NEW YORK (AP) _ With youth and energy, brashness and determination, the Oakland Athletics have pushed the New York Yankees to the brink, just one loss away from the end of an era.
Tim Hudson, just like Mark Mulder the night before, extinguished New York's offense. Ron Gant backed him with an early home run, and Jason Isringhausen survived a ninth-inning rally as the Athletics held off New York 2-0 Thursday night and headed home with a 2-0 lead in the first-round AL playoff series.
After becoming only the fourth team to win the World Series three straight times, the Yankees must win three consecutive games to get a chance to extend their run.
``We didn't expect to come in here to Yankee Stadium and win two games against that club,'' Hudson said. ``We battled, we stayed poised and we found a way to squeeze a couple of runs across.''
Oakland, beaten 3-2 by the Yankees in last year's division series, has won eight straight over New York going back to the regular season _ and the Yankees haven't led after their last 76 innings against the A's.
New York's veterans look a little bit past their prime, unable to muscle their way out of trouble anymore.
``I don't know about old. But they're certainly making us eat some dust right now,'' Yankees manager Joe Torre said.
New York's task is daunting: The A's have won their last 17 home games, and Barry Zito (17-8), another of the left-handers who have given the Yankees difficulty this year, starts Saturday against Mike Mussina (17-11).
Hudson held the Yankees to one hit in the first five innings, then escaped jams in the sixth and seventh.
Pitching inside to keep hitters from extending their arms over the plate, he retired 12 in a row after Derek Jeter's first-inning single and allowed six hits in all.
Isringhausen walked a fine line. Bernie Williams doubled off the glove of third baseman Eric Chavez leading off the ninth, and Tino Martinez walked, creating more drama.
But with fans imploring New York to rally as it has so many times before, Isringhausen threw a called third strike past Jorge Posada and retired David Justice and Scott Brosius on popups for his second save of the series.
New York earned its titles by winning October games like this, but the A's seemed unafraid of the Yankees' success, mystique and rabid fans.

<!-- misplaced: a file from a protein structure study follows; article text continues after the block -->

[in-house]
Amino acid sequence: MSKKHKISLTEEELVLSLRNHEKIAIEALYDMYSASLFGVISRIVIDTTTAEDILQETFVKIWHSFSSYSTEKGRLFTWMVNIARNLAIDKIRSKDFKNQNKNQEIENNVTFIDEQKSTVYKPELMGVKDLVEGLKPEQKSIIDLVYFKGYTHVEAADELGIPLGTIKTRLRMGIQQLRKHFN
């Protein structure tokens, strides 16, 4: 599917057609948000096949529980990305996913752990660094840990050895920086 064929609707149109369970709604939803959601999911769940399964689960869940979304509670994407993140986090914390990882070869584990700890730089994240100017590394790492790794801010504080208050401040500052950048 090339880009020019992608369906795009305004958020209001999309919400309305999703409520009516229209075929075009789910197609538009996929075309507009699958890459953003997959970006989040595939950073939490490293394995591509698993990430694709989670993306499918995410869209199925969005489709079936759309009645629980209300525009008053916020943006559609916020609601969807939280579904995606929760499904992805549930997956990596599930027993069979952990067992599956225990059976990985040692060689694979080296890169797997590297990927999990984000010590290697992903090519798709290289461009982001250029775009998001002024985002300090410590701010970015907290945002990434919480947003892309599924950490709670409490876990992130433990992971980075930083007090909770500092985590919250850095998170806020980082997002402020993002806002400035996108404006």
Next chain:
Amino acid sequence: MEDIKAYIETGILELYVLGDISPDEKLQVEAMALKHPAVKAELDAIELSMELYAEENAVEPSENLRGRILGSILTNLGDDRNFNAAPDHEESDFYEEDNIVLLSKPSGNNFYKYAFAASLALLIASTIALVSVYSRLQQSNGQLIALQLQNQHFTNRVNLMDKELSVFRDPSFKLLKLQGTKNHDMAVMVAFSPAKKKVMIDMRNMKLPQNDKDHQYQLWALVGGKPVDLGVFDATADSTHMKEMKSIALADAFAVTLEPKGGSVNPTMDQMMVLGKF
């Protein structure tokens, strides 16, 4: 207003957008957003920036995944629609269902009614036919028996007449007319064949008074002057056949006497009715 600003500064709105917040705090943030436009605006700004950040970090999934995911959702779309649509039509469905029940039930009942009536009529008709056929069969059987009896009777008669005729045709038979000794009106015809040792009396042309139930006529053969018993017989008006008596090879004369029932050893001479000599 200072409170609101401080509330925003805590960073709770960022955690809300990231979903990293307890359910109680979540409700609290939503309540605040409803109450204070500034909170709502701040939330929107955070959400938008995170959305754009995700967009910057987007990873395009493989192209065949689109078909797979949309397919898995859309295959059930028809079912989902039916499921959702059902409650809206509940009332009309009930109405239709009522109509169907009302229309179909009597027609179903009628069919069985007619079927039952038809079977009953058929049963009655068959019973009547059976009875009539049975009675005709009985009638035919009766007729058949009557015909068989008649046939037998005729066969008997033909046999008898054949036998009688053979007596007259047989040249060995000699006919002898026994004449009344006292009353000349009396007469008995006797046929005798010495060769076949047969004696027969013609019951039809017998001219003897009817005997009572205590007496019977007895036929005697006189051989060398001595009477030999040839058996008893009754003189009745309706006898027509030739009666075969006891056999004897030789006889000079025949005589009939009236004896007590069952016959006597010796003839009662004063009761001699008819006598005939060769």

``In this kind of atmosphere, it's a little nerve-racking,'' Isringhausen said. ``It's total adrenalin.''
After two-out singles by Chuck Knoblauch and Jeter put two on in the sixth, Hudson worked the count full on Paul O'Neill, the emotional backbone of the Yankees through their championship years.
``The crowd was really into it, going crazy,'' Hudson said. ``It's usually when the Yankee magic comes out.''
O'Neill, perhaps playing in Yankee Stadium for the final time, lofted a harmless flyout to shallow center.
``They've beaten us at our own game,'' he said. ``These are the close games we normally win in the postseason.''
Singles by Martinez and Justice gave New York runners at the corners with two outs in the seventh. After a mound visit by Oakland manager Art Howe, Hudson got Brosius to hit an easy grounder to second for a forceout.
``I lied a little bit,'' Howe recalled. ``I said, 'This is your last hitter, so give it everything you've got.'''
The A's, whose 102-60 record was second-best in baseball behind Seattle, got just enough offense to beat Andy Pettitte. Oakland was 0-for-8 with runners in scoring position, leaving the A's at 0-for-19 in the series.
Gant provided a run in the fourth with Oakland's fourth leadoff homer of the series. And Brosius' error, following Johnny Damon's ninth-inning triple off Mariano Rivera, scored another run.
Oakland headed home happy, but also remembered how they lost Game 5 at home to the Yankees in the first round of last season's playoffs.
``We know who we're playing when we get back home,'' Isringhausen said. ``We were on cloud nine when we went back there last year, too.''